Inhibition of YAP function overcomes BRAF inhibitor resistance in melanoma cancer stem cells
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AbstractTreating BRAF inhibitor-resistant melanoma is an important therapeutic goal. Thus, it is important to identify and target mechanisms of resistance to improve therapy. The YAP1 and TAZ proteins of the Hippo signaling pathway are important drivers of cancer cell survival, and are BRAF inhibitor resistant factors in melanoma. We examine the role of YAP1/TAZ in melanoma cancer stem cells (MCS cells). We demonstrate that YAP1, TAZ and TEAD (TEA domain transcription factor) levels are elevated in BRAF inhibitor resistant MCS cells and enhance cell survival, spheroid formation, matrigel invasion and tumor formation. Moreover, increased YAP1, TAZ and TEAD are associated with sustained ERK1/2 activity that is not suppressed by BRAF inhibitor. Xenograft studies show that treating BRAF inhibitor-resistant tumors with verteporfin, an agent that interferes with YAP1 function, reduces YAP1/TAZ level, restores BRAF inhibitor suppression of ERK1/2 signaling and reduces tumor growth. Verteporfin is highly effective as concentrations of verteporfin that do not impact tumor formation restore BRAF inhibitor suppression of tumor formation, suggesting that co-treatment with agents that inhibit YAP1 and BRAF(V600E) may be a viable therapy for cancer stem cell-derived BRAF inhibitor-resistant melanoma. Copyright 2017 2017 Fisher et al.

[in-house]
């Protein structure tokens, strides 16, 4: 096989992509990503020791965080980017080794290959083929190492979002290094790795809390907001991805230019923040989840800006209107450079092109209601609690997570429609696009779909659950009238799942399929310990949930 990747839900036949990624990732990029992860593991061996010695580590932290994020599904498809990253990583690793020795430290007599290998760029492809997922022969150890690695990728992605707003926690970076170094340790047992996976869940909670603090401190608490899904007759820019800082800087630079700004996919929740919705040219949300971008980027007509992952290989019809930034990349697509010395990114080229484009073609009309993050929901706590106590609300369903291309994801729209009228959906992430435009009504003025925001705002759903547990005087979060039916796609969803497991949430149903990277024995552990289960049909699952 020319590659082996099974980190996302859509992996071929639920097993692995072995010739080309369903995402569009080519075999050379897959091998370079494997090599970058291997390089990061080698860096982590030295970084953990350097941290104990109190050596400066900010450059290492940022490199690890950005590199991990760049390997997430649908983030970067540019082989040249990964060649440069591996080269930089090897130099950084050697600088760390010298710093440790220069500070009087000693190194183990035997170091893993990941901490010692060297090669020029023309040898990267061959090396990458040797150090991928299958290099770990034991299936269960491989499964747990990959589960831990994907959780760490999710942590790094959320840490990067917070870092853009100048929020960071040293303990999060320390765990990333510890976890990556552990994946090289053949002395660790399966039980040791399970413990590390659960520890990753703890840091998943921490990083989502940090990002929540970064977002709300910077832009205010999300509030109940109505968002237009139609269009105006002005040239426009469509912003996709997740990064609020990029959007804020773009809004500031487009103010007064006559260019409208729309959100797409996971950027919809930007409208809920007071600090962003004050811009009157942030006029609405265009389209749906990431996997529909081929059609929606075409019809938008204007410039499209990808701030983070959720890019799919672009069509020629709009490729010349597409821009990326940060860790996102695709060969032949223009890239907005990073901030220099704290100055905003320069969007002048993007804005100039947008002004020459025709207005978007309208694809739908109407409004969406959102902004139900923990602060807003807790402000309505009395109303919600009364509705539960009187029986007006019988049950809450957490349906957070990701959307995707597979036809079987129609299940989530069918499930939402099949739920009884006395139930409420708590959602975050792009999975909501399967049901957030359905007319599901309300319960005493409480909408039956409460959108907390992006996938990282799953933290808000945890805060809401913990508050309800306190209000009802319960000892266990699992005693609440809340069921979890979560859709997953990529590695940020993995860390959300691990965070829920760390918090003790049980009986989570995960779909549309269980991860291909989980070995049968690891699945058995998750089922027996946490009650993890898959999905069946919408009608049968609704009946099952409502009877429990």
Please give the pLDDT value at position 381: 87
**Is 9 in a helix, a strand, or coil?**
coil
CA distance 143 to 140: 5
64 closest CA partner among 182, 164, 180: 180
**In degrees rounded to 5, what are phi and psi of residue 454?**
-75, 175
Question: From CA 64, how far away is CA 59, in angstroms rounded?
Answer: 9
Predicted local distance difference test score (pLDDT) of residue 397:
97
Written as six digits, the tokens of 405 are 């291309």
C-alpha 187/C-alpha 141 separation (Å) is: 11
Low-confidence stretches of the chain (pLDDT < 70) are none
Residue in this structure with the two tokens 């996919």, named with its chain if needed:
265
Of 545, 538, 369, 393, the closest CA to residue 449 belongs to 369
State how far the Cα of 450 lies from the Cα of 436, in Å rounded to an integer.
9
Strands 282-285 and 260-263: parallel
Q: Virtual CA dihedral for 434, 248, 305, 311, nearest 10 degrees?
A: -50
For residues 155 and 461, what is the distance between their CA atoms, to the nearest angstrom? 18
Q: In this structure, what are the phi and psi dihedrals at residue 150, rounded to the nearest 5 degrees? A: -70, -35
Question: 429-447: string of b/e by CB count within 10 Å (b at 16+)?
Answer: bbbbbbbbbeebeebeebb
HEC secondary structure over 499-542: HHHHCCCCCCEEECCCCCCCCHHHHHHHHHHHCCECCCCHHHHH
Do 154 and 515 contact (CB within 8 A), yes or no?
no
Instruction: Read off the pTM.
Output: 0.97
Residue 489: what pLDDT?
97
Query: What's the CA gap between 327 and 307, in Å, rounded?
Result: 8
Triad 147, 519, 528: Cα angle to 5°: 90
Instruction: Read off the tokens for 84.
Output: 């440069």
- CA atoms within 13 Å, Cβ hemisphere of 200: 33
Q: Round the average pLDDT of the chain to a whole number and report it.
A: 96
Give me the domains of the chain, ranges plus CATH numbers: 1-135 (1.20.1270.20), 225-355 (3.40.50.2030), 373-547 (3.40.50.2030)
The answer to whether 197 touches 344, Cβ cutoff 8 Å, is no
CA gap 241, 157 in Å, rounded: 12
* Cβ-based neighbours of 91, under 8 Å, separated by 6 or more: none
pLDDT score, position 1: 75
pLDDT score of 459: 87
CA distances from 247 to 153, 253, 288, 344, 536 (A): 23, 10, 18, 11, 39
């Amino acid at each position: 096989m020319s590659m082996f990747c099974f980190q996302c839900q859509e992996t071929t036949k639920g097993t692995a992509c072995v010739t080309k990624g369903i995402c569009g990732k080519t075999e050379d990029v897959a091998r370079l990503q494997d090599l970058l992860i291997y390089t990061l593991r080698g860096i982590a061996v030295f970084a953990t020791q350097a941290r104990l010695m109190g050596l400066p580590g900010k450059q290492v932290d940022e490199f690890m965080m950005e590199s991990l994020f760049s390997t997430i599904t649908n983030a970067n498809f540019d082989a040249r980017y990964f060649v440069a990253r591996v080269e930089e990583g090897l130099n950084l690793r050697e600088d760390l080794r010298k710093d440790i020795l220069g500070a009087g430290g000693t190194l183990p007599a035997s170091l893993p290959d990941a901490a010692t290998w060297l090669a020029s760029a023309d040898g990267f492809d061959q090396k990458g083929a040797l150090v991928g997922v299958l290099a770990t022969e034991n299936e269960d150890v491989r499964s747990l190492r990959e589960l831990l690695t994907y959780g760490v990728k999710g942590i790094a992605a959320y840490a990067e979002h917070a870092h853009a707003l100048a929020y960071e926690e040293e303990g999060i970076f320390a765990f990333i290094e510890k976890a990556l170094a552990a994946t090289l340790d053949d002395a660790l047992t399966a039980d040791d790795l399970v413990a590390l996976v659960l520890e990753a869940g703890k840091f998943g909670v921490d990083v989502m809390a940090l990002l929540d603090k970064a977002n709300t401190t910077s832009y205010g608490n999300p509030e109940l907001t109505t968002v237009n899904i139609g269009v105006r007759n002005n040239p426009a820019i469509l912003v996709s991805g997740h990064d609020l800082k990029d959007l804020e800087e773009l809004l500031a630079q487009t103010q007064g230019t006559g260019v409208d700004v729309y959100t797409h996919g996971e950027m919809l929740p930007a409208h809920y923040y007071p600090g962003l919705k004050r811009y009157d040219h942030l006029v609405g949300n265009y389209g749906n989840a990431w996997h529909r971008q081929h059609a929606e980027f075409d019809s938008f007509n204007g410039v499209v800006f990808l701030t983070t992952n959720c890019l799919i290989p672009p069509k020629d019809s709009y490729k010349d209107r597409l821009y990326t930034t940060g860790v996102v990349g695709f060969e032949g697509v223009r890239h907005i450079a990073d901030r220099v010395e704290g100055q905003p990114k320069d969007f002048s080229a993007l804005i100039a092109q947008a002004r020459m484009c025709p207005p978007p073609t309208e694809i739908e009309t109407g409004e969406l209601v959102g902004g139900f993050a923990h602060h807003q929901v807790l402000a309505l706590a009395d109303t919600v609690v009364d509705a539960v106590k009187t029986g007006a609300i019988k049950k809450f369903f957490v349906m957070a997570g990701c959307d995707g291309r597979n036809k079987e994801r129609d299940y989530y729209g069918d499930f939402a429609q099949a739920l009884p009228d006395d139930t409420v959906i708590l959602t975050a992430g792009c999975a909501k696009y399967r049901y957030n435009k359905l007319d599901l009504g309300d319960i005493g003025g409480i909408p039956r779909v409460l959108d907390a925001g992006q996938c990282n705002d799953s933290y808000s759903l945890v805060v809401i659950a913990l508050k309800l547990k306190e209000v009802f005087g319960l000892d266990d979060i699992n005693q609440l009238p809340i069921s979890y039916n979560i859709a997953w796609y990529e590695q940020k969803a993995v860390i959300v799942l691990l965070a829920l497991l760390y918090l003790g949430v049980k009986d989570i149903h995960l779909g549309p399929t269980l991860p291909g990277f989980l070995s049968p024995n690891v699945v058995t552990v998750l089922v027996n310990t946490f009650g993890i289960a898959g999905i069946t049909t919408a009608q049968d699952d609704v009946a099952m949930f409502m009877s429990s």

SponsorsThis work was supported by National Institutes of Health grants R01-CA184027 and R01-CA131074 to Richard Eckert.
Identifier to cite or link to this itemhttps://www.scopus.com/inward/record.uri?eid=2-s2.0-85038077584&doi=10.18632%2foncotarget.22628&partnerID=40&md5=911318988267d620d02950eea73fed29; http://hdl.handle.net/10713/11275